What to Make of New Years?
So, I’m not a huge fan of New Years. I mean, it was fun as a kid when it served as an excuse to stay up late and eat more desert, but once I became old enough to start thinking about the year that has passed and the year that is to come, that all changed. So here I sit, thinking about 2016 slipping into the past and the arrival of 2017, I can’t help but feel the old heaviness, the cynicism, the sorrow that marks New Years past. As Jon Foreman crooned on the Switchfoot song, “The Blues”, “Does justice never find you? Do the wicked never lose? Is there any honest song to sing besides these blues?”
And I would guess that I’m not alone. Quite a few of you probably feel the same. This past year has been a painful one, from a volatile political scene, to the crisis in Aleppo, to our own broken hearts, empty bank accounts, and the tail-lights of people we thought would be here forever. Reflecting on the year behind us brings up a lot of pain. It wasn’t the year we wanted it to be.
So what do we do? Resolve to grab the year ahead, full of promise, ready to finally give us the happiness and satisfaction we’ve waited for. This year, 2017, it’s going to be better because we will make it so.
Wait. Didn’t I say something like that at the start of 2016, and here I am, complaining about that year the same way I complained about 2015. If the year ahead follows precedent, then I’ll be saying the same things about 2017 that I’m saying now about 2016, despite the optimism I project today.
So what then? Every year runs by the same and nothing ever changes. Why? Maybe the problem isn’t the year. Maybe it’s us. The year might change, but we remain the same, bringing the old baggage along with us that we had last year and the year before. The problem isn’t that our circumstances won’t change, but that we won’t change.
So then, let’s resolve to try harder this year, to be healthier, enjoy life more, pursue pleasure, be more open with others, get counseling, and try to read through the Bible this year. Yes, that’ll fix it. If we can’t grab the year by the lapel and make of it what we will, then let’s grab the only thing we have power over and drag it into the light of a better tomorrow.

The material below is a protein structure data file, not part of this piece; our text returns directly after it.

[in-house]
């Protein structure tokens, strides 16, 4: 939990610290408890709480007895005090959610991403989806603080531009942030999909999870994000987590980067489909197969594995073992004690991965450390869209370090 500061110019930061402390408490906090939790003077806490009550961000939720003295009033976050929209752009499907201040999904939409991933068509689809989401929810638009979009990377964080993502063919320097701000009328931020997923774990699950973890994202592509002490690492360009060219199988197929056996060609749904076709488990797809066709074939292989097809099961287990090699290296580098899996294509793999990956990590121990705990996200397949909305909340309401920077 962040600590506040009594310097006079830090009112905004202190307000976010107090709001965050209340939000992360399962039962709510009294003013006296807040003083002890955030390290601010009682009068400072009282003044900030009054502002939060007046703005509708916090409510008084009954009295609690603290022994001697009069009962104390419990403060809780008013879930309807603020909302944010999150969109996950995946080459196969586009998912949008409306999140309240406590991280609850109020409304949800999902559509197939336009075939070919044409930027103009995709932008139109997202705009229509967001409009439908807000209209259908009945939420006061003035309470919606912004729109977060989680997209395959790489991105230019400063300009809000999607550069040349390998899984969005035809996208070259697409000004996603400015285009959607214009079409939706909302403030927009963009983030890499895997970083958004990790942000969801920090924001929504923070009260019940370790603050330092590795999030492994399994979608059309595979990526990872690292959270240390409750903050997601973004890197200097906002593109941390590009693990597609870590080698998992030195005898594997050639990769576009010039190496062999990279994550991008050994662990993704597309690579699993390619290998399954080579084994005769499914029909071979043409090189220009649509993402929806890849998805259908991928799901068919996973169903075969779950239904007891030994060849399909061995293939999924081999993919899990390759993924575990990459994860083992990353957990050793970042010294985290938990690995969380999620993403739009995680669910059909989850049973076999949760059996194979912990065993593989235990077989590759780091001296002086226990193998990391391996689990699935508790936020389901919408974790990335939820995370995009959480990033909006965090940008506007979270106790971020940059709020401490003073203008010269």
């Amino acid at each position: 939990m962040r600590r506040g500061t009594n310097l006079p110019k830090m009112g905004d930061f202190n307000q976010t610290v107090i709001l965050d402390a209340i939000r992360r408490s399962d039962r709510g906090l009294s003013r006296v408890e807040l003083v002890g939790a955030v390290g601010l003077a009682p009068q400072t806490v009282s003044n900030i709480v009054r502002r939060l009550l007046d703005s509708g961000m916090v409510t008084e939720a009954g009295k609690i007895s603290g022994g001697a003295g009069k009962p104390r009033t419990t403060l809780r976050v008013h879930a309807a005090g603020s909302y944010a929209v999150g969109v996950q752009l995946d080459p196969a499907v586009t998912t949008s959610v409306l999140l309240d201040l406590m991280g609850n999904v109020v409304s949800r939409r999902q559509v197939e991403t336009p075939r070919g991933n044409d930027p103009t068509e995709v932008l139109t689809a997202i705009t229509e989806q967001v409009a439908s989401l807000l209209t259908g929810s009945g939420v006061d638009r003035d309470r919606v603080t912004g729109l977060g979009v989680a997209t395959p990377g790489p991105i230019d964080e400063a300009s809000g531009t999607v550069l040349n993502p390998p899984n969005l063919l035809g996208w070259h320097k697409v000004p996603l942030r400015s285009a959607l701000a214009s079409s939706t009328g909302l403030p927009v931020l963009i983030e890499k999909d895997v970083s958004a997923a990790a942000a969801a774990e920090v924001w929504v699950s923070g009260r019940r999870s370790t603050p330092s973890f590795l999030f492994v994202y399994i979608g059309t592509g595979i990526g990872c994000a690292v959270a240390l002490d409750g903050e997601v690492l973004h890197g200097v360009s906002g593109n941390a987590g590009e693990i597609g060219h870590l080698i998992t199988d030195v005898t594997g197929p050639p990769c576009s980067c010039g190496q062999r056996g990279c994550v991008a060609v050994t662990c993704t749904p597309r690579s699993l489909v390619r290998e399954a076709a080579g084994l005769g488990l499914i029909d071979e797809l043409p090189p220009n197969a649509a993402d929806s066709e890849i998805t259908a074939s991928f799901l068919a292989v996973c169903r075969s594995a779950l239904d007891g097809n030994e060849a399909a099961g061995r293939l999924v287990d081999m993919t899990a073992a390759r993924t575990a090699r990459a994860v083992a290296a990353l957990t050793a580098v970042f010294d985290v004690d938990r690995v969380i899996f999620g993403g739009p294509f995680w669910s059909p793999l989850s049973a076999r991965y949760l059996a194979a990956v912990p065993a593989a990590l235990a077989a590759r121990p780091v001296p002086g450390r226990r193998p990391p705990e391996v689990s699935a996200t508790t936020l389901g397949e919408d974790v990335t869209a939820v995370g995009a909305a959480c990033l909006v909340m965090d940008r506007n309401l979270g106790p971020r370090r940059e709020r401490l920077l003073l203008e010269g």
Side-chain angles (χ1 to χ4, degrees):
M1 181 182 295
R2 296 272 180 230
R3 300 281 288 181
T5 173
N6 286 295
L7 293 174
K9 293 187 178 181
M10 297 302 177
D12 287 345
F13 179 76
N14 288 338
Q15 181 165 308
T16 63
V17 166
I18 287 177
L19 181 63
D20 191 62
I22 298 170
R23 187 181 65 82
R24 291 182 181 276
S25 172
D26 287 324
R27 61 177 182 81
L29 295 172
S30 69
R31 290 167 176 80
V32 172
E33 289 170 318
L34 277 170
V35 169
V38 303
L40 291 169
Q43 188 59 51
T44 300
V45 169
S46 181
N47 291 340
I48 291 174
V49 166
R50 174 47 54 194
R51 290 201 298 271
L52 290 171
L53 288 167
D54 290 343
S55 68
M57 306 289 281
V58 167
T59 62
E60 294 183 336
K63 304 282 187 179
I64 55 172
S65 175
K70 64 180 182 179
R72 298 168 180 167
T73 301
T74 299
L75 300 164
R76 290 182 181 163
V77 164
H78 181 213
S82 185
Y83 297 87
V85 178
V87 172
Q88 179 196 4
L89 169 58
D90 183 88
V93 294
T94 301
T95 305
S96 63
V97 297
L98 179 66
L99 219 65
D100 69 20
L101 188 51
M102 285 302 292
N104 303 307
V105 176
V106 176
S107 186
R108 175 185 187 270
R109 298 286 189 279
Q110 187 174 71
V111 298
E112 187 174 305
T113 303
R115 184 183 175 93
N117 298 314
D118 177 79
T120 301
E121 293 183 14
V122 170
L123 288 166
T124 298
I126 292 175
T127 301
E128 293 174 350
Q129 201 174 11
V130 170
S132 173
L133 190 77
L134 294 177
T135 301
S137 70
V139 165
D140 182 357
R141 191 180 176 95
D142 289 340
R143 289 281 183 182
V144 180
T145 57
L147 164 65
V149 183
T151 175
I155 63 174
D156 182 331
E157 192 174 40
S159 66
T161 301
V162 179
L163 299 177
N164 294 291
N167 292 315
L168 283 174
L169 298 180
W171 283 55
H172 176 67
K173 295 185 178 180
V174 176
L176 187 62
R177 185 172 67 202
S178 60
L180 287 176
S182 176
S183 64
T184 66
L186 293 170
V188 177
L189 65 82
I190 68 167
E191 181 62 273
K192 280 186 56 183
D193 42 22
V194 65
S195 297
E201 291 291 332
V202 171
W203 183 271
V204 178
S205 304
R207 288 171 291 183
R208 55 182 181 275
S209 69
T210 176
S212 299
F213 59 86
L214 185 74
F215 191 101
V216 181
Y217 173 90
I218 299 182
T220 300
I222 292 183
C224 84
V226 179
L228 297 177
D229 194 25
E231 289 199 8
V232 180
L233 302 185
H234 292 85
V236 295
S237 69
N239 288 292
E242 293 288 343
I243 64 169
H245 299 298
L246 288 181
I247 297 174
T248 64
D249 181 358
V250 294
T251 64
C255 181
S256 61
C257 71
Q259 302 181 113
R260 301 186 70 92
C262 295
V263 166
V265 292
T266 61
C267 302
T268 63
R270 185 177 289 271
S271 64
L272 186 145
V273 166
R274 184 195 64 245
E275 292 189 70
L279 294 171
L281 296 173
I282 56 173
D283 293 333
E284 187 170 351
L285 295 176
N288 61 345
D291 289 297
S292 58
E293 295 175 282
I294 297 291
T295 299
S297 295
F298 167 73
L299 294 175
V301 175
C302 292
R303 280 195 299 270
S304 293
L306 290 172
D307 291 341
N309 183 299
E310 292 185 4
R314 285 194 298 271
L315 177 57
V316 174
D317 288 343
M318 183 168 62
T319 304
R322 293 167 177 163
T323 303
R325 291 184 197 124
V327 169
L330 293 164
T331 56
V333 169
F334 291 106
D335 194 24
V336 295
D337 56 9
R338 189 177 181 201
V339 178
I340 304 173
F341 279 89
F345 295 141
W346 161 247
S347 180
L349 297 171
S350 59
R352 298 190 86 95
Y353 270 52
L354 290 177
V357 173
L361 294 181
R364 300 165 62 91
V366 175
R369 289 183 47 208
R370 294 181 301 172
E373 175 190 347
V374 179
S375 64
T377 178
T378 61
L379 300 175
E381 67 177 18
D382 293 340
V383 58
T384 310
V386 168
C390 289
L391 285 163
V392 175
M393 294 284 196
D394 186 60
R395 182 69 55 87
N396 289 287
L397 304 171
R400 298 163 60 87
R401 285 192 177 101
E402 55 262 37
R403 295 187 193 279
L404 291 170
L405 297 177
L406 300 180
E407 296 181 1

Wait. Didn’t I say something like that at the start of 2016 too? Didn’t I leave behind another set of broken New Year’s resolution in 2016? And if 2017 follows precedent, I’ll be ending it mourning the set of resolutions I made today.
Every year, we say the same things and make the same fatal mistake. We assume that we can make our lives better by sheer willpower and every year, we fall short. We might be able to imagine a better world, but it seems none of us have the power to make it a reality.
This year, I’m not having it. I refuse to allow myself to deceive myself all over again. So what do we do with our hopes and fears, our desires and anxieties, our let-downs and our triumphs? Well, it’s only been a week since we celebrated the answer to that question. “God with us.” On Christmas day, when things were darken and as the death of winter pressed in, God burst into our reality, changing it forever. We can’t grab 2017 by the lapels. We can only cling to Christ’s pierced side as he leads us into a new year. And only he can make the year truly new, a place where life is born, a place where we can meet him better, a place that he restores to himself. So instead of resolutions, let’s offer a New Year’s prayer, one we pray every day and wait to see the ways he decides to show up and make our lives new.